Hoa are one of the most conspicuous geomorphic features of atolls in the (central) South Pacific. The term hoa is a Polynesian word, now commonly adopted in the literature on atolls, and is used to describe the shallow channels separating individual motu. Hoa5 are considered to start from the lagoon side of an atoll and extend across the reef towards the oceanside. They are not to be confused with reef passes (gaps in the reef) known as ava in Polynesia. The characteristics of hoa vary considerably, even on the same atoll, and in consequence several attempts have been made at their classification into groups. The early work of Chevalier (1972) on the French Polynesian atolls is a benchmark in which the following six types of hoa were identified:

• Open on the lagoon side only - the most common type,

• Functional hoa that are open to the ocean and allow the exchange of sea-water between the lagoon and ocean, either continually or perhaps only at higher stages of the tide or during storms,

• Open at the ocean side only, with the lagoon exit blocked with sediments or conglomerate,

• Open at the ocean side only, and closed by conglomerate at the lagoon exit,

• Blocked at both ends and enclosing a hypersaline channel,

• Dry hoa, either blocked and vegetated, or distinctly emerged above modern sea level. Emerged hoa are probably Holocene channels, abandoned by sea-level fall, and were termed palaeohoa by Stoddart and Fosberg (1994).

Over the last few decades, increasing attention has been directed towards the role of tropical cyclones as causative agents in hoa formation on Pacific atolls. Observations suggest that cyclones have several effects. Wave erosion may widen and deepen already active hoa. Unusual currents created by storm surge through the channels may enhance this process. New hoa may be eroded, either completely or perhaps only part way across a motu. Sometimes non-functional hoa (dry types or those open at one end only) may be cut through by large waves and thus reactivated into functional channels, for example at Rangiroa, Tikehau and Matavia atolls in the northwestern Tuamotu archipelago (Bourrouilh-Le Jan and Talandier 1985). Deltas or outwash fans may form at the mouths of hoa and extend into the atoll lagoon.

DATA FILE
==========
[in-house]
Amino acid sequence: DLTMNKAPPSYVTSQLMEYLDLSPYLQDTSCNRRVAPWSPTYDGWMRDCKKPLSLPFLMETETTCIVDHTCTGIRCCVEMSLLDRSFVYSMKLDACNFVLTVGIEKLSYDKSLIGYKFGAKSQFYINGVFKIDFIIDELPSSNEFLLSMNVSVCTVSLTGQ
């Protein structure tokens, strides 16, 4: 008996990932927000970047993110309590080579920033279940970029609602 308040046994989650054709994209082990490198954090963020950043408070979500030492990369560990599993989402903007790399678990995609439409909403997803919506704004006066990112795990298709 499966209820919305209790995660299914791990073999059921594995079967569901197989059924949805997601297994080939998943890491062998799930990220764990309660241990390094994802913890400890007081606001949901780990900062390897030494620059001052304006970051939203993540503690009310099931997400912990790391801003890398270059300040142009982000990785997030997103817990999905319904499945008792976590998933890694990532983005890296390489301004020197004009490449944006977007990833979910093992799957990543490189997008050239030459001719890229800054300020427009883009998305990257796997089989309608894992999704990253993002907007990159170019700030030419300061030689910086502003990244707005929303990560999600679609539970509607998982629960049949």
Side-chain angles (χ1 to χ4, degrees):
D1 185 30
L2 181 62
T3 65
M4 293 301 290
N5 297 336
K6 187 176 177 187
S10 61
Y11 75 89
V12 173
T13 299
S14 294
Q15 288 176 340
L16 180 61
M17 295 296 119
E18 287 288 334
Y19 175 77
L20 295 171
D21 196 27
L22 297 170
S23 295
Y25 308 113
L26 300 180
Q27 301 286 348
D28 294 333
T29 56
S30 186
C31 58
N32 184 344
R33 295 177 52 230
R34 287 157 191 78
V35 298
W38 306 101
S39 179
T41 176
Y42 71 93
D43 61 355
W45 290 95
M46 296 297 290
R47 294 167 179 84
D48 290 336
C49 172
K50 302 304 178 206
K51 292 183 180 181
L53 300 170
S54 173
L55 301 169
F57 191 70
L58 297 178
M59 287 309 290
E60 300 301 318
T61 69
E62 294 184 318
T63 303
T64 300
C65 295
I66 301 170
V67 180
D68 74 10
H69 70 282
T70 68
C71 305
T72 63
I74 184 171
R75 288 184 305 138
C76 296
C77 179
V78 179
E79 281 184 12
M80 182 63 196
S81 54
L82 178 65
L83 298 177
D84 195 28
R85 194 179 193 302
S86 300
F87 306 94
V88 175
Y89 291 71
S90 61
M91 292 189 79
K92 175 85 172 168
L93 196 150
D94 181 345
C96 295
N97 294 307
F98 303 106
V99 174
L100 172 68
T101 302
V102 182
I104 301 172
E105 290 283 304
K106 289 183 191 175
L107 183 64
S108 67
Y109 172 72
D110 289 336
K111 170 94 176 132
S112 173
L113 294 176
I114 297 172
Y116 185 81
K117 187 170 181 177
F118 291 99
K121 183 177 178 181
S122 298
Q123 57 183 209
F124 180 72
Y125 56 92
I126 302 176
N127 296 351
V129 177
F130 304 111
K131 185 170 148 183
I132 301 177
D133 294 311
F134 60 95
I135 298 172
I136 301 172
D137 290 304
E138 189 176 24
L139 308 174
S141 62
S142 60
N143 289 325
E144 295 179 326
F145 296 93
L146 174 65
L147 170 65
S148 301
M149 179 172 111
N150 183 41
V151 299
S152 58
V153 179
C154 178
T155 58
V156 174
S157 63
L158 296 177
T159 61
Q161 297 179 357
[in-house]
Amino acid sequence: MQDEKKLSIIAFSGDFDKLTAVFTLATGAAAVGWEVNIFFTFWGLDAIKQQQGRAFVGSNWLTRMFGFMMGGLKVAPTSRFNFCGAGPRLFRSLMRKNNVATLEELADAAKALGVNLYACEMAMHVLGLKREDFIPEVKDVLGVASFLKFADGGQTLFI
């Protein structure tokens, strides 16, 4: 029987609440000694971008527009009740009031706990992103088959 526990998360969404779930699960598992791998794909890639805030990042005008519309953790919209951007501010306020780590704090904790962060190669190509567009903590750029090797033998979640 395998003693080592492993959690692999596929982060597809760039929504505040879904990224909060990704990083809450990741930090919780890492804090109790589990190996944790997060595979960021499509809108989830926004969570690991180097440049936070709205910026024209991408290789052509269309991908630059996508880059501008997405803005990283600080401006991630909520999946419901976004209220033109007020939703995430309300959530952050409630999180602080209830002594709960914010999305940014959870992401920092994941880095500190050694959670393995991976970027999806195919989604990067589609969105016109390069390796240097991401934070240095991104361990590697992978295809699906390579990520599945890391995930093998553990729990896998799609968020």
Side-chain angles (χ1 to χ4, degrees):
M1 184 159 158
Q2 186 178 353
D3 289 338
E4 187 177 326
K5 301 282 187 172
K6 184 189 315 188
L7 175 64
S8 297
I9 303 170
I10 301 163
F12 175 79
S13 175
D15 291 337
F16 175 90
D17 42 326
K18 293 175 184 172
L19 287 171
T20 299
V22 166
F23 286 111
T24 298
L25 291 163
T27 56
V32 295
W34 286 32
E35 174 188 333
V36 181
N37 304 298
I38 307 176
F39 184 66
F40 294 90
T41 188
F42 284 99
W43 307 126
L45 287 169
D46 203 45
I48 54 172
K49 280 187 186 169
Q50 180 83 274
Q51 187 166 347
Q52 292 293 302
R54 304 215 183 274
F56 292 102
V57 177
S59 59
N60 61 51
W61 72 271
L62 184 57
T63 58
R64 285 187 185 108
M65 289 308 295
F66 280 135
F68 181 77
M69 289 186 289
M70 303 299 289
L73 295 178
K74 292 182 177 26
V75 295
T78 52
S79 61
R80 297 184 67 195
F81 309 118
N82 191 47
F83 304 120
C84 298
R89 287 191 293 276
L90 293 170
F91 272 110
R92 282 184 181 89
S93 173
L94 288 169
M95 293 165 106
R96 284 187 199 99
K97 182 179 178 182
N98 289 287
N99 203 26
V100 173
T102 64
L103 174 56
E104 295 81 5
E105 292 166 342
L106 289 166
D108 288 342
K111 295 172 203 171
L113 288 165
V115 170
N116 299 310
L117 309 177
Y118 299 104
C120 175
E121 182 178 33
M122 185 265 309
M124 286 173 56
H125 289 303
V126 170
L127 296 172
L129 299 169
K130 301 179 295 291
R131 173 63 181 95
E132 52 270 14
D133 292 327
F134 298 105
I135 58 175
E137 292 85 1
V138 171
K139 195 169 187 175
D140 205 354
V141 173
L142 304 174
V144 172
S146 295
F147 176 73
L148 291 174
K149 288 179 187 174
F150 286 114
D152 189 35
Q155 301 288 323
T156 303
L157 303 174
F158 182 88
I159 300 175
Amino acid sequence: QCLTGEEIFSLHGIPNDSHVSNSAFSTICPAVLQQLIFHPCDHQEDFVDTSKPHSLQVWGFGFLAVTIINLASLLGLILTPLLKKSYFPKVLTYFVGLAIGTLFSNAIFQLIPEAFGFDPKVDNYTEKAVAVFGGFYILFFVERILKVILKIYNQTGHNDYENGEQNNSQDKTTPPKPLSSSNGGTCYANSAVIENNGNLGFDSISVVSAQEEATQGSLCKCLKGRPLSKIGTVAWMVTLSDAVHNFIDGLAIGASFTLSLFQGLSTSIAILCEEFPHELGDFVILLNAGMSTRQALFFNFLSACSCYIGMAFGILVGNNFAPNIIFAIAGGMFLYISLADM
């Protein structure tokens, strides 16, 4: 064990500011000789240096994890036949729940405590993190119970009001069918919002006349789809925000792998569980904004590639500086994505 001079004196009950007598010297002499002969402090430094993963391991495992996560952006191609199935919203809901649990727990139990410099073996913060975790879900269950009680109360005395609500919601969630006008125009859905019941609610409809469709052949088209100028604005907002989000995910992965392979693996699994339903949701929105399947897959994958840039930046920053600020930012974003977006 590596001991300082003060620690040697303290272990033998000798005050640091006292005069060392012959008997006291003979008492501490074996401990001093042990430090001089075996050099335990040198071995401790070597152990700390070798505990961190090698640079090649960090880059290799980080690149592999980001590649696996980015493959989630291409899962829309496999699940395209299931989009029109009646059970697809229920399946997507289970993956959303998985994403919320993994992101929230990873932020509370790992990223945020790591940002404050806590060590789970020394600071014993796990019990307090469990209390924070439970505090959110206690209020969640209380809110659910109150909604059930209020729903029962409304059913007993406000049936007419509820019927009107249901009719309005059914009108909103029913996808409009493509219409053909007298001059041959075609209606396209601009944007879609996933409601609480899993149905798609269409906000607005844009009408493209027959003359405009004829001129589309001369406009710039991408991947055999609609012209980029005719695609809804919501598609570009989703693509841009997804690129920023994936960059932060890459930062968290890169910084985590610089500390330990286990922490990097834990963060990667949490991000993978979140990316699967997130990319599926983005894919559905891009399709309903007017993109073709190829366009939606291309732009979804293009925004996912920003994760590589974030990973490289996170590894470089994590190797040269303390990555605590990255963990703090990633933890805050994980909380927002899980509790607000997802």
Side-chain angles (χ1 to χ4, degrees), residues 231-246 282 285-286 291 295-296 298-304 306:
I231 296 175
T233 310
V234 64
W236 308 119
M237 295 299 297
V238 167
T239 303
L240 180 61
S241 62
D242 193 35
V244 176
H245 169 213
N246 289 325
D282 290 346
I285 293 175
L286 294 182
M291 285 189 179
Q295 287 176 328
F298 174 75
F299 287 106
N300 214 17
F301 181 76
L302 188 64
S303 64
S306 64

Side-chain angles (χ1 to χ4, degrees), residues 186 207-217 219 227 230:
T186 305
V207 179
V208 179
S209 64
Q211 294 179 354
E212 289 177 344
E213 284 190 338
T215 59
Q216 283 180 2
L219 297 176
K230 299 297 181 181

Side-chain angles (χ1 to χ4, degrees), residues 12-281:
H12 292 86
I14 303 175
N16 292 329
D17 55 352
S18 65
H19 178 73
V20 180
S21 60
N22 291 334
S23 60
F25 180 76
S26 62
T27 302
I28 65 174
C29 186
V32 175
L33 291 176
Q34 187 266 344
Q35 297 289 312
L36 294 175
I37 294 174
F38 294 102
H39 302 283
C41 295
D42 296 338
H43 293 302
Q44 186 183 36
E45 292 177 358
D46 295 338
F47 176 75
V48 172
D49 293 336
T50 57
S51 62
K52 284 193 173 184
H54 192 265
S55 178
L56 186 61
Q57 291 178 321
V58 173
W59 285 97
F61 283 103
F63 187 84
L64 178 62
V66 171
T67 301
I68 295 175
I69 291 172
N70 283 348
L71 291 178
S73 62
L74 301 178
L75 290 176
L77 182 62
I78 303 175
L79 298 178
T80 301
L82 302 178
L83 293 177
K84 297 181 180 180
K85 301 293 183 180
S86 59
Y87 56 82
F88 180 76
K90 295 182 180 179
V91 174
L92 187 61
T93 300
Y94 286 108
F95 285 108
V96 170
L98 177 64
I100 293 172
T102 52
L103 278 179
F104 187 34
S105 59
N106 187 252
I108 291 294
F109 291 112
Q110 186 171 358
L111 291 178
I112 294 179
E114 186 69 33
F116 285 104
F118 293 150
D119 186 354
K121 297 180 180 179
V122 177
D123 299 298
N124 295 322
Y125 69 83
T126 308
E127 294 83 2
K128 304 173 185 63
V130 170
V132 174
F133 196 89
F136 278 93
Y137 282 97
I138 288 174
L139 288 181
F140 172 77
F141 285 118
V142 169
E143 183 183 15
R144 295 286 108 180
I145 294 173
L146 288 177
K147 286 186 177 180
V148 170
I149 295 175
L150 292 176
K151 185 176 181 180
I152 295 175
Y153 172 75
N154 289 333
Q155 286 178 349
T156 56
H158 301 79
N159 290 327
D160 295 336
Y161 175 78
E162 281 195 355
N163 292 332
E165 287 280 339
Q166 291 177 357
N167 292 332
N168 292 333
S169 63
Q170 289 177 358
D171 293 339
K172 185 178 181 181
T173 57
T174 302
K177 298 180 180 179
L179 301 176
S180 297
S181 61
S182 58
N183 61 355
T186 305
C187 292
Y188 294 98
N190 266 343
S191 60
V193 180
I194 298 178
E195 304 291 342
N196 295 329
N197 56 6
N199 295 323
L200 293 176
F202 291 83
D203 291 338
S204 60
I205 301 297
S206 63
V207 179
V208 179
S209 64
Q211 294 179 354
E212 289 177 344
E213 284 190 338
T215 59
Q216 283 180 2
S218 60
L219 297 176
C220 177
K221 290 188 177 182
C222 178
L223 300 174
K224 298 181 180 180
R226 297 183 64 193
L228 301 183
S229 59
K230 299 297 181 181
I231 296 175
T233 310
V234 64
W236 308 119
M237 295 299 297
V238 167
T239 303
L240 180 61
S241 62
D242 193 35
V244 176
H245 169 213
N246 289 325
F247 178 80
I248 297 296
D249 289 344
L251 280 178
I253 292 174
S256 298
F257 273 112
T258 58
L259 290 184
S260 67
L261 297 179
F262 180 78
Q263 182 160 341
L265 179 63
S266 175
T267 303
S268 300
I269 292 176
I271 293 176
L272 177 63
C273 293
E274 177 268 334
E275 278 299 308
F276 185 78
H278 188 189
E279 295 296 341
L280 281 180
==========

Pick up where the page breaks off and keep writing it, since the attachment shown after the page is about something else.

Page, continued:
5 The word hoa is used in both singular and plural forms.

Conversely, sediment deposition and the building of storm embankments may block ocean-side hoa exits. On Taiaro atoll (4.5°S, 172.2°W), Salvat et al. (1977) noted that non-functional hoa were associated with storm ridges 2 m high, and for Reao atoll (18.5°S, 13.4°W) in the Tuamotus, Pirazzoli et al. (1987) suggest that hoa on northern side of the atoll were blocked by a cyclone in 1903.

On Orona atoll (4.5°S, 172.2°W) in the southern Phoenix Islands of Kiribati, Stoddart and Fosberg (1994) became convinced that palaeohoa were cut by tropical cyclones during the Holocene at a time of high sea-level stand, by the sea overtopping the motu and eroding channels. The presence of large, basally eroded storm blocks sitting on the dry floor of the palaeo-hoa provided neat evidence for this idea on Orona. In addition, a wider view reveals that hoa are common on atolls within the cyclone belts, but rare on atolls beyond them. From this observation, Stoddart and Fosberg (1994) proposed that the existence of palaeohoa on the margins of modern cyclone-affected areas might be a useful clue for interpreting the spatial extension of Holocene palaeocyclone activity.

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